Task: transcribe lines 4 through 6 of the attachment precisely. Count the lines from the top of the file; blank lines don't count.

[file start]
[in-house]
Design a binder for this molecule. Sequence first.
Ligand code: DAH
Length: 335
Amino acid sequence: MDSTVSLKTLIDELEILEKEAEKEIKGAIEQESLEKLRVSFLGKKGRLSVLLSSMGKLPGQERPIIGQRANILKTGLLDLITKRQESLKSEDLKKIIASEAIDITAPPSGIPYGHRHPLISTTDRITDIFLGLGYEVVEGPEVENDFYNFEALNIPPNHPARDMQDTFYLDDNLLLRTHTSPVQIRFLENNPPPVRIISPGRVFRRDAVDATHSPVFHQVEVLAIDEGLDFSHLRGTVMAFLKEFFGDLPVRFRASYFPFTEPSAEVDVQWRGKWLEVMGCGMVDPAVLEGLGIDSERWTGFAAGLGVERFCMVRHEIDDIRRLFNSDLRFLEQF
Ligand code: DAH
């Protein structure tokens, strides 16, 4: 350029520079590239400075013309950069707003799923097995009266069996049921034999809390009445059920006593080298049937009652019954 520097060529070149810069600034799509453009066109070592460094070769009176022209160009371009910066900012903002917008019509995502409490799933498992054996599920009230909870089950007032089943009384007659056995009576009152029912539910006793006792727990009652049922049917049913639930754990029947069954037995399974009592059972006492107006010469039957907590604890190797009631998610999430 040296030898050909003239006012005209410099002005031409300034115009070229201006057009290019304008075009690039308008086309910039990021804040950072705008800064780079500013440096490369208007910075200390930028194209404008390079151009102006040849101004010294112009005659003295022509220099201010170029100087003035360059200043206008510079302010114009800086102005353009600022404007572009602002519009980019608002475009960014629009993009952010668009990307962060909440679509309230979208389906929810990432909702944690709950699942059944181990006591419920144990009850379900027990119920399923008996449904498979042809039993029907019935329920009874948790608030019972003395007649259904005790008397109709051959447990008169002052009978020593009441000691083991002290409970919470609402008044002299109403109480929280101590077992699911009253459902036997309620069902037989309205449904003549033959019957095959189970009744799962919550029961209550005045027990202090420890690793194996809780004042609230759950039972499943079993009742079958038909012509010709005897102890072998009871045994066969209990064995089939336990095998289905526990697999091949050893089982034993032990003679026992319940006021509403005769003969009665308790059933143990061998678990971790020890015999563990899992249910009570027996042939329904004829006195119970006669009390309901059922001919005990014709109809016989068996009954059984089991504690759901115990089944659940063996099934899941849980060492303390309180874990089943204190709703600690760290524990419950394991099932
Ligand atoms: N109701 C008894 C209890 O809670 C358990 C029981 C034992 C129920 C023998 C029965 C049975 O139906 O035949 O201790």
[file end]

Length: 335
Amino acid sequence: MDSTVSLKTLIDELEILEKEAEKEIKGAIEQESLEKLRVSFLGKKGRLSVLLSSMGKLPGQERPIIGQRANILKTGLLDLITKRQESLKSEDLKKIIASEAIDITAPPSGIPYGHRHPLISTTDRITDIFLGLGYEVVEGPEVENDFYNFEALNIPPNHPARDMQDTFYLDDNLLLRTHTSPVQIRFLENNPPPVRIISPGRVFRRDAVDATHSPVFHQVEVLAIDEGLDFSHLRGTVMAFLKEFFGDLPVRFRASYFPFTEPSAEVDVQWRGKWLEVMGCGMVDPAVLEGLGIDSERWTGFAAGLGVERFCMVRHEIDDIRRLFNSDLRFLEQF
Ligand code: DAH